Julian is an entrepreneur, advisor, board member and writer. He’s also co-founder of Shaw/Scott, Sageflo and Nfluence Analytics.
As marketers, we tend to focus on supporting customers up to the point of sale but then pass the customer experience baton to other teams once a sale is complete. This is a missed opportunity to not only drive more sales but enhance the overall customer experience and foster ongoing customer loyalty throughout their entire journey.
All one has to do is look at the comments section of any commerce website to see that, when an issue arises, there is often a significant disconnect between the intended customer experience and actual customer satisfaction. While customers are often happy to share on social media and talk about purchased products and related brand experiences, unfortunately, it’s even more so the case when something goes wrong. Whether they express their dissatisfaction through ratings, reviews or word-of-mouth, once the damage is done, it is hard to undo, even if the issue is ultimately resolved to their satisfaction.
It’s often said that people are much more likely to mention a bad experience with a brand to others than they are to talk about a good experience.
This means marketing and customer experience teams must work together to get ahead of poor customer interactions. As an example, one particularly neglected area by marketers is what happens when something goes wrong with a marketing touchpoint, such as when a customer cannot find a promo code they were sent, needs a confirmation email re-sent or has a question about a specific marketing communication — whether text, email or direct mail. Despite many advancements of the major marketing platforms, the simple task of retrieving a previously sent personalized marketing communication within the contact center is remarkably hard to accomplish, despite there being tools readily available to do just this. The issue in simplest terms is specific to dynamic personalization. A brand may send out one campaign to a million subscribers using just one template, but each of those subscribers will receive a completely unique version based on personalized dynamic content. It’s a bit of a needle in a haystack when you are trying to track down one email among millions without the right tools and processes in place. Often brands have to re-create the email based on the data that drove the personalization just to figure out the issue.
However, by coordinating with your customer care and experience peers across your organization, you can start to jointly tackle these types of customer issues. Here are three recommendations based on my company’s experience and interactions with brands:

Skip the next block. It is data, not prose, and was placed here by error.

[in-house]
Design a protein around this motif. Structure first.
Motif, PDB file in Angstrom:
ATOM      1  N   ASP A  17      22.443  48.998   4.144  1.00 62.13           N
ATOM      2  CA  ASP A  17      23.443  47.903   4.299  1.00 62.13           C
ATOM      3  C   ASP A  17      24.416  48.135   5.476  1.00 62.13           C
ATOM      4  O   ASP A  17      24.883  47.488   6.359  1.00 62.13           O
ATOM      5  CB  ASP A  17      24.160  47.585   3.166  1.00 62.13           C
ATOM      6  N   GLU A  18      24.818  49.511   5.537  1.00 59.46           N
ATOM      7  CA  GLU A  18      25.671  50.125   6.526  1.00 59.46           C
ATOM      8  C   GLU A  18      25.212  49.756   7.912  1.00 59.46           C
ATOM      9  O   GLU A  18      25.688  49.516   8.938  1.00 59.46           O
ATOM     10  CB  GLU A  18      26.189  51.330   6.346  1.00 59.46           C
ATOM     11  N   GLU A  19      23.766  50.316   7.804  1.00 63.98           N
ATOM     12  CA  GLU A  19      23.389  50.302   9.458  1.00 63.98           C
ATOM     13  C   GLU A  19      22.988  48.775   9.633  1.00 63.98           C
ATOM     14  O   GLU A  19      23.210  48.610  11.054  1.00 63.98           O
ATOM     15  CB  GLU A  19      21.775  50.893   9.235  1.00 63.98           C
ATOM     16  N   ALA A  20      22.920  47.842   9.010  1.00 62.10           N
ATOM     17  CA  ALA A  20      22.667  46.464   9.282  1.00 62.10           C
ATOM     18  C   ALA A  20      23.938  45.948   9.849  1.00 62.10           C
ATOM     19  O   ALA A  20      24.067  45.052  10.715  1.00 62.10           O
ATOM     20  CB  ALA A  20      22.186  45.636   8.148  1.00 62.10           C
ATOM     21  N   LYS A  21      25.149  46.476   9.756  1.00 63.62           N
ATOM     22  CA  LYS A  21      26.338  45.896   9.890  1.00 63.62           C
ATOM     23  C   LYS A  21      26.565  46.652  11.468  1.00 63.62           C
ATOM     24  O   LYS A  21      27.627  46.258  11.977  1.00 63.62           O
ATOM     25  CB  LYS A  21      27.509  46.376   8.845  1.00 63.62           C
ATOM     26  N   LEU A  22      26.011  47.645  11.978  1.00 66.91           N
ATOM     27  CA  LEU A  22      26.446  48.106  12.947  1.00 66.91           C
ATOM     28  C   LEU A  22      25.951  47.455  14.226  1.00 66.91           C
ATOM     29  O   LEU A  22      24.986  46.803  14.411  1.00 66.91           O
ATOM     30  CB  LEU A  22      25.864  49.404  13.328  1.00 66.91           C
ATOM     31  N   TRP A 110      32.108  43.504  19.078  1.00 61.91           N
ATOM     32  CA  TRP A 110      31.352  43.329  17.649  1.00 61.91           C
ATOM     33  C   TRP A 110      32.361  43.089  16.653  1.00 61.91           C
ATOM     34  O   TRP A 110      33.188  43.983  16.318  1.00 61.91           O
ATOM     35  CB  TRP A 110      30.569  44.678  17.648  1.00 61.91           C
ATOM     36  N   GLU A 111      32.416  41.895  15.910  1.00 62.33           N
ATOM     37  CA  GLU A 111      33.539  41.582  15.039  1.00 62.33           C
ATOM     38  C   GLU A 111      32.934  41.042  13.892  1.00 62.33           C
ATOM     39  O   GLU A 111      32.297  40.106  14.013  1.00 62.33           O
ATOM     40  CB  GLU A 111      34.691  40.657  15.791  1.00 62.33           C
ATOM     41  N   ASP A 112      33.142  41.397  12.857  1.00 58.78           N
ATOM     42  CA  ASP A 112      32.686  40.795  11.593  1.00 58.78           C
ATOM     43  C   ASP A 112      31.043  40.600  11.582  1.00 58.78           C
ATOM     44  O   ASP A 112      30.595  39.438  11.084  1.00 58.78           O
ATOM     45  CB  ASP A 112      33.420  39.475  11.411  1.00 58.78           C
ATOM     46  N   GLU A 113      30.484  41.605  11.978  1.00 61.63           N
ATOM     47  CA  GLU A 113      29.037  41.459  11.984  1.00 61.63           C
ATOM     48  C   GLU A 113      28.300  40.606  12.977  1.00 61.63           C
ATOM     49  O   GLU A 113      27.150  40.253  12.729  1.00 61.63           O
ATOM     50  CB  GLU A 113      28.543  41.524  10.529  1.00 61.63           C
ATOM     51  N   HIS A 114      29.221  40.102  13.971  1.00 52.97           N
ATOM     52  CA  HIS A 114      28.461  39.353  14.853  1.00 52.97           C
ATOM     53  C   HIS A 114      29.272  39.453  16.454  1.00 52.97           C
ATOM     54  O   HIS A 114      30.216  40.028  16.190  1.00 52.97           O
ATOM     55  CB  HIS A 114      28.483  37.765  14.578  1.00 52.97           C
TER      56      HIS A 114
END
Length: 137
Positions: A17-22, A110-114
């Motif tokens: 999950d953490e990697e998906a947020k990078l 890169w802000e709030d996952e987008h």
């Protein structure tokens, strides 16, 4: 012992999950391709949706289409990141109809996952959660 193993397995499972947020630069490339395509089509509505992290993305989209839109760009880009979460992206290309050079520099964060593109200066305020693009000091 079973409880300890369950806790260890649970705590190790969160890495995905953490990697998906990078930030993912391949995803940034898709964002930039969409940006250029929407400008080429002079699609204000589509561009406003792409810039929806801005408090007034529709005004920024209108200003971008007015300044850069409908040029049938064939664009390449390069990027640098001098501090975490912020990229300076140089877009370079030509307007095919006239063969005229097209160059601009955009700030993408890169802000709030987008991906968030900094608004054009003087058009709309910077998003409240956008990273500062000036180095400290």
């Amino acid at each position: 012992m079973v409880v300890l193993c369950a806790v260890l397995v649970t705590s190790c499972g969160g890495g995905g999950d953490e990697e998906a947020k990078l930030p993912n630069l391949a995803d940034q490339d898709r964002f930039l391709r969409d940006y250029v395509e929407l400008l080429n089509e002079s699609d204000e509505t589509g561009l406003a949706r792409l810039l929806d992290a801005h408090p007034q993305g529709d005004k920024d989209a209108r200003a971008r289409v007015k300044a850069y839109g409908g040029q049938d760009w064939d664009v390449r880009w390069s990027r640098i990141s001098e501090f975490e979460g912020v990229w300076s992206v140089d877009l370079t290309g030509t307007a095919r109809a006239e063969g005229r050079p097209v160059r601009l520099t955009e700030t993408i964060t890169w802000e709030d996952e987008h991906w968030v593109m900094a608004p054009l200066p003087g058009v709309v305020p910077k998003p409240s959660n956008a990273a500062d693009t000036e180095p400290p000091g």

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1. Work together to create a consistent experience across all interactions and channels.
Customers don’t differentiate between internal department hierarchies, and neither should you. From social media, website, physical locations and customer care, it’s only one team to them, and any one of them can negate all the hard work of the others. This means that teams should not only check in with each other, but they should actively work together toward common goals and benchmarks that ensure a consistent customer experience that creates joint accountability.
2. Errors and issues are inevitable — it’s how you jointly handle them that makes all the difference.
Map out the most common customer pain points across your organization and create processes and guidelines to not only mitigate but effectively and efficiently resolve common issues. This will help to empower your colleagues across the organization and ensure increased customer satisfaction and future sales.
3. Investing in the right tools can make all the difference.
The reality for most marketers is that they are already overwhelmed with too many technical solutions that are costly and often poorly utilized. However, there are a lot of up-and-coming solutions out there that are reasonably priced, easy to use and complement your current technology stack, which warrants the initial research and investment. The right investments in your customer experience will always pay off.
Here’s the bottom line: It’s very expensive to retain existing customers, but even more costly to acquire new ones. The smart money is spent on ensuring a positive and consistent customer experience across all channels so when something does go wrong, it’s an opportunity to deepen the relationship. New processes, guidelines and technical solutions are almost useless without team collaboration leading the way. Breaking old corporate habits and barriers is not easy, but once you collectively agree that a consistent customer experience must come first, it will be that much easier to then work together and make the necessary changes. Another benefit aside from improved customer experiences and sales is that when you break down the artificial barriers between internal teams, everyone across the board tends to be more engaged, motivated and ultimately successful.
As they say, happy employees mean happy customers!
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Author: Julian Scott, Forbes Councils Member